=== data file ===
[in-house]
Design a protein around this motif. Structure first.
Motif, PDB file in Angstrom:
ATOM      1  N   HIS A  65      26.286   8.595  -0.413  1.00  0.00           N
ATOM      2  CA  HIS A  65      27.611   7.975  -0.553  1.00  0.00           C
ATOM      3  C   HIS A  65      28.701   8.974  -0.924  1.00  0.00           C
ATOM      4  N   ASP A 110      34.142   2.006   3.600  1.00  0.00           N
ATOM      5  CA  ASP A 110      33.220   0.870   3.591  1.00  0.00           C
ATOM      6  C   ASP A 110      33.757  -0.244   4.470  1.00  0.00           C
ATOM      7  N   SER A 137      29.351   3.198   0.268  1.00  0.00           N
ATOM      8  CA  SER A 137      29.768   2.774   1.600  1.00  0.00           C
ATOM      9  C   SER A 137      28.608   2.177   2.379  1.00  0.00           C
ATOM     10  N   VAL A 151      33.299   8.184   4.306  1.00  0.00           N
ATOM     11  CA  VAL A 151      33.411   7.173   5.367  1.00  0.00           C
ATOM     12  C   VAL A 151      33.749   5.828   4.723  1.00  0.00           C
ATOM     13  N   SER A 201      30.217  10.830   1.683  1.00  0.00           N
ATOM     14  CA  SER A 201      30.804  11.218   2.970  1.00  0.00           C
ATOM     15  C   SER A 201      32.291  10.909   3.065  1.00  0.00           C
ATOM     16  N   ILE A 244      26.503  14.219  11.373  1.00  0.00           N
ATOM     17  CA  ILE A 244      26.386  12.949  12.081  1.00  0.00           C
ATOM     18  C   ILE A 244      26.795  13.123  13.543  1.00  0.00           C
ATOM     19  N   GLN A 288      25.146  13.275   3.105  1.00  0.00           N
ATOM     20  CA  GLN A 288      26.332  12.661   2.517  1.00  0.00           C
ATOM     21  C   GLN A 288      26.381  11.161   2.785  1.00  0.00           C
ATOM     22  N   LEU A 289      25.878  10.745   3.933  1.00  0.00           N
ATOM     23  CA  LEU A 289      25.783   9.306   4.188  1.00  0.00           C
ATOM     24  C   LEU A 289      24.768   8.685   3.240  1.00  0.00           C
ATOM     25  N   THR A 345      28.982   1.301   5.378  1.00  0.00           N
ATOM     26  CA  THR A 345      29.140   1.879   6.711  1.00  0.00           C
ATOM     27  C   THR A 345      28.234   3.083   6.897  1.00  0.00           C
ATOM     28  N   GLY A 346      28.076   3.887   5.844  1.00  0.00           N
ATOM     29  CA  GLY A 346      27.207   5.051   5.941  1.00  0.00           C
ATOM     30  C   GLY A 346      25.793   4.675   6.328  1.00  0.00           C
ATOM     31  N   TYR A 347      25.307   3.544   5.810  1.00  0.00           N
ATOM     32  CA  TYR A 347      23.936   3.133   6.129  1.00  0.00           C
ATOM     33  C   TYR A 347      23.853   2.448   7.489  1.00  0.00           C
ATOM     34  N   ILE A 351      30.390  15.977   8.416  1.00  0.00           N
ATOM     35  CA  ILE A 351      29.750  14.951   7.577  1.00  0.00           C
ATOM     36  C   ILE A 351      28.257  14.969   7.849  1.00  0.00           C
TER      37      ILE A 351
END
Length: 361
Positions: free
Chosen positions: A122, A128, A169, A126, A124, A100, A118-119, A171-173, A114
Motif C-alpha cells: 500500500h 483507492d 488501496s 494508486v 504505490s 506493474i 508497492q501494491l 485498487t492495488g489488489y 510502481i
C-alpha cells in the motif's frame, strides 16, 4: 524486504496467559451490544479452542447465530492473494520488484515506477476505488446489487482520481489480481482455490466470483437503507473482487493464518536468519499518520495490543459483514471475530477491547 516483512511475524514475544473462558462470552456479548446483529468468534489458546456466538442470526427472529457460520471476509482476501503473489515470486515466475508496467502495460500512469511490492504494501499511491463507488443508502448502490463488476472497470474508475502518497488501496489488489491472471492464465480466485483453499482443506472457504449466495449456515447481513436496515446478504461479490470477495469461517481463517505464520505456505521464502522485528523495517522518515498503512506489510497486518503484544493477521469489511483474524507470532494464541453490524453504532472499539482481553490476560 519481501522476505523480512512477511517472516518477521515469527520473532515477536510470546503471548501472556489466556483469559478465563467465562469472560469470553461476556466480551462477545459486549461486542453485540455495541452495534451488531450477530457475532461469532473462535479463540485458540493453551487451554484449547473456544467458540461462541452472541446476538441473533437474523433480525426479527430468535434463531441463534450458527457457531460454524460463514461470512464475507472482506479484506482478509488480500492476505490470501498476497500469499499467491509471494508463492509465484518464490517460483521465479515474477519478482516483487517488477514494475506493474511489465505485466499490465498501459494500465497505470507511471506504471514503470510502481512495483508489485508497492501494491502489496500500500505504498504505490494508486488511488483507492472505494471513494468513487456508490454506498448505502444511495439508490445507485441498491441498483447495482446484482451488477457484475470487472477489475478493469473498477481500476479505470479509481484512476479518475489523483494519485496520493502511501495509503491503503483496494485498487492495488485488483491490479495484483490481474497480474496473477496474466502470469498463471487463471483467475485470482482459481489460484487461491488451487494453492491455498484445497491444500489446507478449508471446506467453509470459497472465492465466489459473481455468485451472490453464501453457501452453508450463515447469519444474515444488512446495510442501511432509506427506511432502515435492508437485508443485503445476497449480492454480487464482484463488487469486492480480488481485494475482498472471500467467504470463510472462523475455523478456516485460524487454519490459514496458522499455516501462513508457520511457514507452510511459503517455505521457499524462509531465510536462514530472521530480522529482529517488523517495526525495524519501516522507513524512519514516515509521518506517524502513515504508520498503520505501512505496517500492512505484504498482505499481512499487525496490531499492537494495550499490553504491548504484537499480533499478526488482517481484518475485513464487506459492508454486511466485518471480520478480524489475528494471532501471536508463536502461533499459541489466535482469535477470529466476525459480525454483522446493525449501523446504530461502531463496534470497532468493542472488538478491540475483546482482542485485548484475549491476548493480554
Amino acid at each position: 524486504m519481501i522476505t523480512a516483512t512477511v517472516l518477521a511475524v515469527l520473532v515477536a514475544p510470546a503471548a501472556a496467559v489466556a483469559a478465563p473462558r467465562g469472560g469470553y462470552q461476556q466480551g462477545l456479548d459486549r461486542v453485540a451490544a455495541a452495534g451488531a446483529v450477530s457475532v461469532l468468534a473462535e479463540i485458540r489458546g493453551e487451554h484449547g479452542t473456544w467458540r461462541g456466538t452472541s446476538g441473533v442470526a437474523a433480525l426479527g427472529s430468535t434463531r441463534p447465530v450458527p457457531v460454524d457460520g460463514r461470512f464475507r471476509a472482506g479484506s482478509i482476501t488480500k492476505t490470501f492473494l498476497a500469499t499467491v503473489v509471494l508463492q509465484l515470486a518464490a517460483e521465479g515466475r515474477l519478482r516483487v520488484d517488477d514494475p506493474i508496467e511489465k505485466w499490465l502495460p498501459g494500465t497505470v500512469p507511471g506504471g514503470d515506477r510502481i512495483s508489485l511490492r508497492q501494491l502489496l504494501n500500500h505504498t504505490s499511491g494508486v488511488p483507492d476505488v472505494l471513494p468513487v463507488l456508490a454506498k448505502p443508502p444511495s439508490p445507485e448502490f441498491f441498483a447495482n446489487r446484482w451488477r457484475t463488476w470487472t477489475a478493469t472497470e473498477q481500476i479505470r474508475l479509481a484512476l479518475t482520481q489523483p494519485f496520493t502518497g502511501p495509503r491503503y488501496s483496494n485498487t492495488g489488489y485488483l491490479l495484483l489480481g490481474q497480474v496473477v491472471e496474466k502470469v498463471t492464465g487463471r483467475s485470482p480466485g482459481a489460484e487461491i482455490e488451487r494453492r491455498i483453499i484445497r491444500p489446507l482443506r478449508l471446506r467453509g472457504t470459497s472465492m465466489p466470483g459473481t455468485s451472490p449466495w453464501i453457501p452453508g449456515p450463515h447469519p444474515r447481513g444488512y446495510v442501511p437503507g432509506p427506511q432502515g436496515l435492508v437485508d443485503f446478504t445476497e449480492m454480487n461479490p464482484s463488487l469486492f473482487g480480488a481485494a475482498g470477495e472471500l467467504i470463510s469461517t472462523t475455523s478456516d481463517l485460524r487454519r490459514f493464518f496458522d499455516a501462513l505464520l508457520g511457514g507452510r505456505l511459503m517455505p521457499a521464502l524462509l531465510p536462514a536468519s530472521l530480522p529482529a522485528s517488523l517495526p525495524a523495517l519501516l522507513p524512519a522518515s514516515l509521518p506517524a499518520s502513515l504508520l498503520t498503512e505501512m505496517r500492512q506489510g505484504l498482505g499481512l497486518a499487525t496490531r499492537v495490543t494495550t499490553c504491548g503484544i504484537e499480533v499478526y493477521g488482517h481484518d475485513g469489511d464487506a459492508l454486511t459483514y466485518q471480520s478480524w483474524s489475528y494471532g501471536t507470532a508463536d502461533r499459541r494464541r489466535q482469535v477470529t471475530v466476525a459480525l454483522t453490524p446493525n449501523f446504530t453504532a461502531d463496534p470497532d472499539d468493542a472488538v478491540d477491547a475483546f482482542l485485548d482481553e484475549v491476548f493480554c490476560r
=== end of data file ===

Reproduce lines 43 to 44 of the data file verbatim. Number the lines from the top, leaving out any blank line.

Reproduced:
Positions: free
Chosen positions: A122, A128, A169, A126, A124, A100, A118-119, A171-173, A114